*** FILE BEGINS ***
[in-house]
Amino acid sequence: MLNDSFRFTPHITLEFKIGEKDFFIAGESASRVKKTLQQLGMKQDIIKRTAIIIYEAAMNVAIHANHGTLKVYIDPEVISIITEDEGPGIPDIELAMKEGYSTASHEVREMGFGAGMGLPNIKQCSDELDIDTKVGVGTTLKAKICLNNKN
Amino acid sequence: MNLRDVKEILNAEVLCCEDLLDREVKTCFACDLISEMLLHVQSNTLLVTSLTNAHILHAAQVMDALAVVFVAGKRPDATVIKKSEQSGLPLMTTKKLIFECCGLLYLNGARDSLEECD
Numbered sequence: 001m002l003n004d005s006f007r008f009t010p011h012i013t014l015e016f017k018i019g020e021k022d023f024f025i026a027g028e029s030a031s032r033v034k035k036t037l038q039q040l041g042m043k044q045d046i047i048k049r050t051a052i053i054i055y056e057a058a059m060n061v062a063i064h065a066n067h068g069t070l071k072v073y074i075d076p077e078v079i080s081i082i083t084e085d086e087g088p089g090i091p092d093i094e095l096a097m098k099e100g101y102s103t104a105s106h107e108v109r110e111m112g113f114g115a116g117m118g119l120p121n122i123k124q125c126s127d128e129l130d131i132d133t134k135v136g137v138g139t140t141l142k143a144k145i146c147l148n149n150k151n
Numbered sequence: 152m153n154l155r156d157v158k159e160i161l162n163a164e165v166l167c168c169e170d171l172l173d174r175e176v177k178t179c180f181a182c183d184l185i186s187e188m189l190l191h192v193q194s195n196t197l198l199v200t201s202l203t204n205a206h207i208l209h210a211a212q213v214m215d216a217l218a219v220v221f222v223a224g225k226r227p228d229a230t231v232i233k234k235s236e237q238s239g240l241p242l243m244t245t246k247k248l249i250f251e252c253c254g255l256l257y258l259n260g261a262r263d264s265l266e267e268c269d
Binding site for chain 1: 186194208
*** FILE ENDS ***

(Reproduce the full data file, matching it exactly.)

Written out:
[in-house]
Amino acid sequence: MLNDSFRFTPHITLEFKIGEKDFFIAGESASRVKKTLQQLGMKQDIIKRTAIIIYEAAMNVAIHANHGTLKVYIDPEVISIITEDEGPGIPDIELAMKEGYSTASHEVREMGFGAGMGLPNIKQCSDELDIDTKVGVGTTLKAKICLNNKN
Amino acid sequence: MNLRDVKEILNAEVLCCEDLLDREVKTCFACDLISEMLLHVQSNTLLVTSLTNAHILHAAQVMDALAVVFVAGKRPDATVIKKSEQSGLPLMTTKKLIFECCGLLYLNGARDSLEECD
Numbered sequence: 001m002l003n004d005s006f007r008f009t010p011h012i013t014l015e016f017k018i019g020e021k022d023f024f025i026a027g028e029s030a031s032r033v034k035k036t037l038q039q040l041g042m043k044q045d046i047i048k049r050t051a052i053i054i055y056e057a058a059m060n061v062a063i064h065a066n067h068g069t070l071k072v073y074i075d076p077e078v079i080s081i082i083t084e085d086e087g088p089g090i091p092d093i094e095l096a097m098k099e100g101y102s103t104a105s106h107e108v109r110e111m112g113f114g115a116g117m118g119l120p121n122i123k124q125c126s127d128e129l130d131i132d133t134k135v136g137v138g139t140t141l142k143a144k145i146c147l148n149n150k151n
Numbered sequence: 152m153n154l155r156d157v158k159e160i161l162n163a164e165v166l167c168c169e170d171l172l173d174r175e176v177k178t179c180f181a182c183d184l185i186s187e188m189l190l191h192v193q194s195n196t197l198l199v200t201s202l203t204n205a206h207i208l209h210a211a212q213v214m215d216a217l218a219v220v221f222v223a224g225k226r227p228d229a230t231v232i233k234k235s236e237q238s239g240l241p242l243m244t245t246k247k248l249i250f251e252c253c254g255l256l257y258l259n260g261a262r263d264s265l266e267e268c269d
Binding site for chain 1: 186194208